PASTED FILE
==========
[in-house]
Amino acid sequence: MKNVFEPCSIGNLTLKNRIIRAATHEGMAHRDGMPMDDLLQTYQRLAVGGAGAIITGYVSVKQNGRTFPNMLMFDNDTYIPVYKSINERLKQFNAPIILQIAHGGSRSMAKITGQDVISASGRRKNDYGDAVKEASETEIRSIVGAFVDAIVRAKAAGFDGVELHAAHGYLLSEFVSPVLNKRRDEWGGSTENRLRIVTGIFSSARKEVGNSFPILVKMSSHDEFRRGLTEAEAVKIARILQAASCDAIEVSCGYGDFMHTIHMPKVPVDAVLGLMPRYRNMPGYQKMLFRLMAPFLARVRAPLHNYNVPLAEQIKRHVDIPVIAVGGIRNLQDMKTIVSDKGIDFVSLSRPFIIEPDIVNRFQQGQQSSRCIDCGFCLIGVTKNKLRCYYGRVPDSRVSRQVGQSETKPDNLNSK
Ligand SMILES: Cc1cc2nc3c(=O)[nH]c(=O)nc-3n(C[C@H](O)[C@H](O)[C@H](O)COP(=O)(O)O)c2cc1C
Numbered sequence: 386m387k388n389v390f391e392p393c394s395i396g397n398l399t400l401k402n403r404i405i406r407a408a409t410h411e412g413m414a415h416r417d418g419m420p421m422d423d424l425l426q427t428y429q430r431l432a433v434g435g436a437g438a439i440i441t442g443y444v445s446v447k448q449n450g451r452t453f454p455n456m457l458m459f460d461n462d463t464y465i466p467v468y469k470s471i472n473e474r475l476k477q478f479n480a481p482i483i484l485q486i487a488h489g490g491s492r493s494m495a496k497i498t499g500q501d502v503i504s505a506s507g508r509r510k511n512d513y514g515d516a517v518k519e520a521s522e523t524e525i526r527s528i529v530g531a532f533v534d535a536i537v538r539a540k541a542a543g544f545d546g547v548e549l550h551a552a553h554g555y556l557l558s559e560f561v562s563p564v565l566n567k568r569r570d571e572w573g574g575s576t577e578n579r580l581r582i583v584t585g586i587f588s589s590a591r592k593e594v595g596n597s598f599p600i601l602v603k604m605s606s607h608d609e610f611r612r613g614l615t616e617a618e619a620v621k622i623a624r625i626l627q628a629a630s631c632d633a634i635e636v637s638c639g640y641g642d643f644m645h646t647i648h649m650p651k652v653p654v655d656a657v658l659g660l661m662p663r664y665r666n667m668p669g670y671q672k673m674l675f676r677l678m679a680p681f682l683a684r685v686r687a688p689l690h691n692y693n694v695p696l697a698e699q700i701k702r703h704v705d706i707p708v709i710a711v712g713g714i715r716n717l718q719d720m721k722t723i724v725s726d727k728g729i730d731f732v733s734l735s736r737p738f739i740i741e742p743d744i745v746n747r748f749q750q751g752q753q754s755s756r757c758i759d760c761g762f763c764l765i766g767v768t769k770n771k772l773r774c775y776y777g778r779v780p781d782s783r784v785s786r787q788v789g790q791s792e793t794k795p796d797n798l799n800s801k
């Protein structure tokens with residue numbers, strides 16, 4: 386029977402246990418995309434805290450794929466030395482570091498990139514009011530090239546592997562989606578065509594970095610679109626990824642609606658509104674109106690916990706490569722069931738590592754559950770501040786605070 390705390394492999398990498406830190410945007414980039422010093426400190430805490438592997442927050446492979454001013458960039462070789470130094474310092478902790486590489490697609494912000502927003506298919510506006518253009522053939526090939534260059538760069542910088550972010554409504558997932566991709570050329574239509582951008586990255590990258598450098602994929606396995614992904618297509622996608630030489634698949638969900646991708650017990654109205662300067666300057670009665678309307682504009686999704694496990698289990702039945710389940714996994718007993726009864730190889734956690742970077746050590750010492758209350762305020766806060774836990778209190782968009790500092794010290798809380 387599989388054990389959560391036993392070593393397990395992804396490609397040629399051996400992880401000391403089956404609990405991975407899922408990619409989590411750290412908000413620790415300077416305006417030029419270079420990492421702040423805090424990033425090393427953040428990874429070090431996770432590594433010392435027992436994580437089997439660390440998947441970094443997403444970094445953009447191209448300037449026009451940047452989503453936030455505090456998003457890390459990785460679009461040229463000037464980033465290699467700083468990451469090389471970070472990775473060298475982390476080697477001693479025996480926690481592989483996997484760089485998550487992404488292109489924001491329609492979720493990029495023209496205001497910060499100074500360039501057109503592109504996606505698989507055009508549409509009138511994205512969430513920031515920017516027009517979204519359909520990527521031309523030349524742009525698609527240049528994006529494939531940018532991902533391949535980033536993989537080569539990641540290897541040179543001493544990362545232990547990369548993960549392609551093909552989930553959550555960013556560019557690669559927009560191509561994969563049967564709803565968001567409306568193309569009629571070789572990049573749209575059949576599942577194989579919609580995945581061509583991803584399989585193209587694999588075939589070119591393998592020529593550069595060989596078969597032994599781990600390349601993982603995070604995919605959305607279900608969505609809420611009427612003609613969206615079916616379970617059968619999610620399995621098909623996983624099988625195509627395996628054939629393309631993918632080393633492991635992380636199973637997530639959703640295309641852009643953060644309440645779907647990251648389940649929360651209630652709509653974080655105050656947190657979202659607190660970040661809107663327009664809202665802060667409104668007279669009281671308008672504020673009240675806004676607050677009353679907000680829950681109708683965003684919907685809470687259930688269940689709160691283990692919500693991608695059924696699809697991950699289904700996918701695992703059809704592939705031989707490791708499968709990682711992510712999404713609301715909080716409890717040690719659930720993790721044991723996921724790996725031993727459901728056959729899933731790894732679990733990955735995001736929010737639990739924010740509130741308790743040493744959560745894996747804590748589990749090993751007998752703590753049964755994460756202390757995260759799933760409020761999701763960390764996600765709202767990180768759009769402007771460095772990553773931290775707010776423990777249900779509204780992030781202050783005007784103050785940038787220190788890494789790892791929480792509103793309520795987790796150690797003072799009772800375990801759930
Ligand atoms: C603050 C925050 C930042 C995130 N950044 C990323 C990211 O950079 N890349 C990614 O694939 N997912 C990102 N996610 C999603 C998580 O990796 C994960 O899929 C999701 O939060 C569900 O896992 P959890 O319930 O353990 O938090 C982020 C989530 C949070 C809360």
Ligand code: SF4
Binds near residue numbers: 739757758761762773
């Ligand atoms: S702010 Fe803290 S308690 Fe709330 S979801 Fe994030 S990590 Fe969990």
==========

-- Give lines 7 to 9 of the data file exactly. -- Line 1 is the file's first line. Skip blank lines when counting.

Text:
Ligand code: SF4
Binds near residue numbers: 739757758761762773
């Ligand atoms: S702010 Fe803290 S308690 Fe709330 S979801 Fe994030 S990590 Fe969990």